An Open Letter From Ken Langone

Stop bashing business, Mr. President:

A little more than 30 years ago, Bernie Marcus, Arthur Blank, Pat Farrah and I got together and founded The Home Depot. Our dream was to create (memo to DNC activists: that’s build, not take or coerce) a new kind of home-improvement center catering to do-it-yourselfers. The concept was to have a wide assortment, a high level of service, and the lowest pricing possible.

We opened the front door in 1979, also a time of severe economic slowdown. Yet today, Home Depot is staffed by more than 325,000 dedicated, well-trained, and highly motivated people offering outstanding service and knowledge to millions of consumers.

If we tried to start Home Depot today, under the kind of onerous regulatory controls that you have advocated, it’s a stone cold certainty that our business would never get off the ground, much less thrive.


16 thoughts on “An Open Letter From Ken Langone”

  1. I’d really like someone like that to actually sit down and compile a chart and table of the aggregate amount their company has paid to employees. Total payroll, total taxes-allocated-to-benefits (unemployment, FICA, worker’s comp etc.) and total direct benefits. Add “Total investment” for the starting capital and any other injections. I’d fully expect it to be pretty devastating, particularly when compared to the moronic stimulous numbers.

  2. There’s also how much effort is needed to fulfill the various rules and regulations. If you need two people to handle the paperwork for five “real” employees it’s going to make the picture even worse (I’ve no idea what the real numbers are. I suspect that the overhead doesn’t scale–that it favors large companies over small ones).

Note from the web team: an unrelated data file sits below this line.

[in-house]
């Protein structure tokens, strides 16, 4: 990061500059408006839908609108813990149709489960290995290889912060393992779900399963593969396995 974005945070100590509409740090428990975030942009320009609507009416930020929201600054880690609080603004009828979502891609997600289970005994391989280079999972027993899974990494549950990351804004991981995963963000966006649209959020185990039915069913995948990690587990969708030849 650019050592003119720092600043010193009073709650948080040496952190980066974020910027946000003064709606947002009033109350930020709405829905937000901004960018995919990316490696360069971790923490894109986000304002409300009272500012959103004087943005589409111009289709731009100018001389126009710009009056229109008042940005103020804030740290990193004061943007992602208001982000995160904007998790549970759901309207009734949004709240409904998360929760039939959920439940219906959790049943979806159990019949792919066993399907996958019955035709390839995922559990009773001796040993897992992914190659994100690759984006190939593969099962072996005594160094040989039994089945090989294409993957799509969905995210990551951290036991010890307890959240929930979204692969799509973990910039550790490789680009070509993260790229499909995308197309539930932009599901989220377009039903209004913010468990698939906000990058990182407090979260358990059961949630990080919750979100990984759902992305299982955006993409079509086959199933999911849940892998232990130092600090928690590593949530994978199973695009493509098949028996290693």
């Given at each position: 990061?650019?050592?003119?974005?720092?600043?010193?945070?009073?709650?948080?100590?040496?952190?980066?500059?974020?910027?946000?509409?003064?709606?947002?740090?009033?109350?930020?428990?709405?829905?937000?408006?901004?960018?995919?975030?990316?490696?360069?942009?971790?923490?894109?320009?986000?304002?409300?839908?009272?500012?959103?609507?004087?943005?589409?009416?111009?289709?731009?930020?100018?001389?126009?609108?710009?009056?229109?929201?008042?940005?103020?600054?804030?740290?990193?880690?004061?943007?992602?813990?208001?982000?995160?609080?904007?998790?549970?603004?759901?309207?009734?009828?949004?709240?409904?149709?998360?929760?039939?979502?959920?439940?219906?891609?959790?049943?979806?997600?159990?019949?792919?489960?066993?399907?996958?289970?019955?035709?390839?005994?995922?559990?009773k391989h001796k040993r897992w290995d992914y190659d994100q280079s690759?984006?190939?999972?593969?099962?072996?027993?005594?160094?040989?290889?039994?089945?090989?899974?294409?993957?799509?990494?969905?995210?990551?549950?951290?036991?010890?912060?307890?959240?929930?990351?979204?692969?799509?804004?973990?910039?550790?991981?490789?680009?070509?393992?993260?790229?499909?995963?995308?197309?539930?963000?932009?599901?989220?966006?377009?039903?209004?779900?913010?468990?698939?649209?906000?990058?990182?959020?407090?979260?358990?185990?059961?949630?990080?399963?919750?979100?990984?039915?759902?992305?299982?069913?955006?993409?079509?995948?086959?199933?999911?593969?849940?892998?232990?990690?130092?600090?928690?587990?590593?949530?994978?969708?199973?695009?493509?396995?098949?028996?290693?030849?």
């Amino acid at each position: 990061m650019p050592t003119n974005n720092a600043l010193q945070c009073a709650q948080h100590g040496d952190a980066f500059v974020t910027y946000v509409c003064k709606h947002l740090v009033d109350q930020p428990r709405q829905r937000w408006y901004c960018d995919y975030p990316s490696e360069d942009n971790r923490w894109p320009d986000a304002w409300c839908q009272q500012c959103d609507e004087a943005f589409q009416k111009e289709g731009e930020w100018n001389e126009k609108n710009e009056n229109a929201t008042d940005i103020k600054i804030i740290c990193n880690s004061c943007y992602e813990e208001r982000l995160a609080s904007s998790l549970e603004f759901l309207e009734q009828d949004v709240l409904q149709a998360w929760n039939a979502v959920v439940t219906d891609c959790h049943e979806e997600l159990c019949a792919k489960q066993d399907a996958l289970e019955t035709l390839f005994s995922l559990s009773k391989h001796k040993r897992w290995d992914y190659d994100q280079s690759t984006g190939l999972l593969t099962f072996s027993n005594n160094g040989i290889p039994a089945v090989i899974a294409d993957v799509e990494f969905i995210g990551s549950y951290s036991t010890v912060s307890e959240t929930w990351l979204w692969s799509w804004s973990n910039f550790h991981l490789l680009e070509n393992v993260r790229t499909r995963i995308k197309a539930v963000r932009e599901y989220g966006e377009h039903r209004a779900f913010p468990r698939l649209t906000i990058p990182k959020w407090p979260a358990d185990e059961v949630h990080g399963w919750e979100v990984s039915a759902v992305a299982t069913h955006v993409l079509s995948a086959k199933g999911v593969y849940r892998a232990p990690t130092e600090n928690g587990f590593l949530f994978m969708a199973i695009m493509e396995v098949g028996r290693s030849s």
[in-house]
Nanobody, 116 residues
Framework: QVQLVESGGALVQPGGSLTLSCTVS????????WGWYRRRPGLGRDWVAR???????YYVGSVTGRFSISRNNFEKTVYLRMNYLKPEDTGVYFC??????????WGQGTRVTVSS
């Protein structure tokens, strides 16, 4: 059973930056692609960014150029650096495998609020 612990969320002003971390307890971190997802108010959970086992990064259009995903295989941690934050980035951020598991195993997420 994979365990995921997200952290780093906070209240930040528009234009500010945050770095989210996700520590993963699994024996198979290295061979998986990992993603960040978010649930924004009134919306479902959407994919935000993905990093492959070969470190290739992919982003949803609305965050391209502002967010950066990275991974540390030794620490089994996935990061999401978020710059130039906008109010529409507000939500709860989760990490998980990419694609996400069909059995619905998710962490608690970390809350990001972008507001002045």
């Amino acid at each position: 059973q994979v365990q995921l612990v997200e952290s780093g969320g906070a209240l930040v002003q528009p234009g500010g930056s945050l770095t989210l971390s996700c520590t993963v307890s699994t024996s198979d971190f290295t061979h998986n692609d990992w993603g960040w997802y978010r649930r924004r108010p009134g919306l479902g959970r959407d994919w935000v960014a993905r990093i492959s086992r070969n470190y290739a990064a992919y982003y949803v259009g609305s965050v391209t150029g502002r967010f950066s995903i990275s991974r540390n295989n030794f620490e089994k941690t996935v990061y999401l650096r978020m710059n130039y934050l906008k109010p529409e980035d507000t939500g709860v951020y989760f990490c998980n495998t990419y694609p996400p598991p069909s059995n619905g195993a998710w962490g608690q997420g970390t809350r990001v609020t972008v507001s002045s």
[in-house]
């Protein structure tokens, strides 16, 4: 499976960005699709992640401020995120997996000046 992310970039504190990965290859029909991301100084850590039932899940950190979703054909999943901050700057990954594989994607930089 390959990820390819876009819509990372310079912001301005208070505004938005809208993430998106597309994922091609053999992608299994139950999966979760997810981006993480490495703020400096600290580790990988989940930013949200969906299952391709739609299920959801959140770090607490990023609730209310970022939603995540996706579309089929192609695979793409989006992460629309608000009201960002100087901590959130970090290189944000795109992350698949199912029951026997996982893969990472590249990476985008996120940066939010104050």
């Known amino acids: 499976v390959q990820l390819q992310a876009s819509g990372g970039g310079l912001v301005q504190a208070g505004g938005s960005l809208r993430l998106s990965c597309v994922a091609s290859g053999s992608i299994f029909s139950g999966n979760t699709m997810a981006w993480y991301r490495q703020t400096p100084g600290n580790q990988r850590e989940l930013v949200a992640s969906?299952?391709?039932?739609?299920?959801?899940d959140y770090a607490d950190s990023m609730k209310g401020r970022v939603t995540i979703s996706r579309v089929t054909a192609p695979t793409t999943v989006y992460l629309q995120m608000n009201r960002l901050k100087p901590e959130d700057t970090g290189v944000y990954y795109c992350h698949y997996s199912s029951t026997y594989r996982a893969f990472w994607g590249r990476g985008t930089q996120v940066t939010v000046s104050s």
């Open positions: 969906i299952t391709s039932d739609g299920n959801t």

3. Mr. Langone is probably understating the number of jobs Home Depot has created over the years. That 325000 is just Home Depot employees; how many people find temporary employment by standing at the Home Depot parking lot exit every day? Some Home Depots even have shelters built for temporary workers waiting for day jobs – in effect, creating their own jobs.

    I bet you the number of those jobs far exceeds anything generated by the Stimulus.

  4. Heh. They left off the more normal “supplier jobs” effect as well. That is, truckers who don’t necessarily work for Home Depot that were paid to transport anything closer to a HD shelf, etc.

  5. Yah. On the other hand, there is one class of business that hasn’t been bashed anywhere near enough. That is the “financial services” sector. Bankers – transparently obvious. But also the entire class of people whose function is to collect money owed while siphoning off as much money as possible for themselves; debt collectors, lawyers, bailiffs…

    IMHO, putting a bullet through the head of anyone employed in such a capacity is justifiable pesticide.

  6. Fletcher,

    Not if I shoot you first. Or garotte you. And I’d do it too, and so would anyone working on Wall St. Those guys are mean.

    Careful with your threats. Someone might take you seriously one day and practice pre-emptive self defense.

  7. Brock, you are wrong! They would not practice pre-emptive self-defence; they would have their minions and lackeys in government do it. Never get their lillywhite hands dirty when they can get someone else to do the dirty work! Just shift a few more dollars around to cover the expenses!

  8. Fletcher Christian Says:
    October 16th, 2010 at 2:56 pm

    “IMHO, putting a bullet through the head of anyone employed in such a capacity is justifiable pesticide.”

    You are a mentally disturbed individual.